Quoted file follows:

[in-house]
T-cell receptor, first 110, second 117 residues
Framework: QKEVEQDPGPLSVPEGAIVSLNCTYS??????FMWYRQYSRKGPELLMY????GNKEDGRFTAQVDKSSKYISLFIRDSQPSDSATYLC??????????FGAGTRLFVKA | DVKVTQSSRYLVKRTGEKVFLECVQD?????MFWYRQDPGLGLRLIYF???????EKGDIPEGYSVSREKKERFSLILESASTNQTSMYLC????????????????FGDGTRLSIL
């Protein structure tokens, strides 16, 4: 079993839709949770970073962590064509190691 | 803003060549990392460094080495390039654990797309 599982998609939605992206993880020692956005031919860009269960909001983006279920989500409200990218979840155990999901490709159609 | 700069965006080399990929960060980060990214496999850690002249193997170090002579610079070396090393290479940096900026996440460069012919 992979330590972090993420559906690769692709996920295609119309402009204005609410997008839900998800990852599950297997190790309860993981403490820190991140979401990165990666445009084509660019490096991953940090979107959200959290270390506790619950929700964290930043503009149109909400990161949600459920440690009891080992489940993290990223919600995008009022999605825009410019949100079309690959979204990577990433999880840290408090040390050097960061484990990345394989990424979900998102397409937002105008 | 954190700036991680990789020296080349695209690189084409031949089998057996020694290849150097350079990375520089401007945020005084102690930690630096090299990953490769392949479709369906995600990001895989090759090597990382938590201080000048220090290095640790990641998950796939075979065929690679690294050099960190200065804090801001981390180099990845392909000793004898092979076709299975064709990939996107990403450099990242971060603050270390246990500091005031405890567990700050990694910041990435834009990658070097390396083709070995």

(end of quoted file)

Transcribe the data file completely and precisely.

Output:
[in-house]
T-cell receptor, first 110, second 117 residues
Framework: QKEVEQDPGPLSVPEGAIVSLNCTYS??????FMWYRQYSRKGPELLMY????GNKEDGRFTAQVDKSSKYISLFIRDSQPSDSATYLC??????????FGAGTRLFVKA | DVKVTQSSRYLVKRTGEKVFLECVQD?????MFWYRQDPGLGLRLIYF???????EKGDIPEGYSVSREKKERFSLILESASTNQTSMYLC????????????????FGDGTRLSIL
């Protein structure tokens, strides 16, 4: 079993839709949770970073962590064509190691 | 803003060549990392460094080495390039654990797309 599982998609939605992206993880020692956005031919860009269960909001983006279920989500409200990218979840155990999901490709159609 | 700069965006080399990929960060980060990214496999850690002249193997170090002579610079070396090393290479940096900026996440460069012919 992979330590972090993420559906690769692709996920295609119309402009204005609410997008839900998800990852599950297997190790309860993981403490820190991140979401990165990666445009084509660019490096991953940090979107959200959290270390506790619950929700964290930043503009149109909400990161949600459920440690009891080992489940993290990223919600995008009022999605825009410019949100079309690959979204990577990433999880840290408090040390050097960061484990990345394989990424979900998102397409937002105008 | 954190700036991680990789020296080349695209690189084409031949089998057996020694290849150097350079990375520089401007945020005084102690930690630096090299990953490769392949479709369906995600990001895989090759090597990382938590201080000048220090290095640790990641998950796939075979065929690679690294050099960190200065804090801001981390180099990845392909000793004898092979076709299975064709990939996107990403450099990242971060603050270390246990500091005031405890567990700050990694910041990435834009990658070097390396083709070995």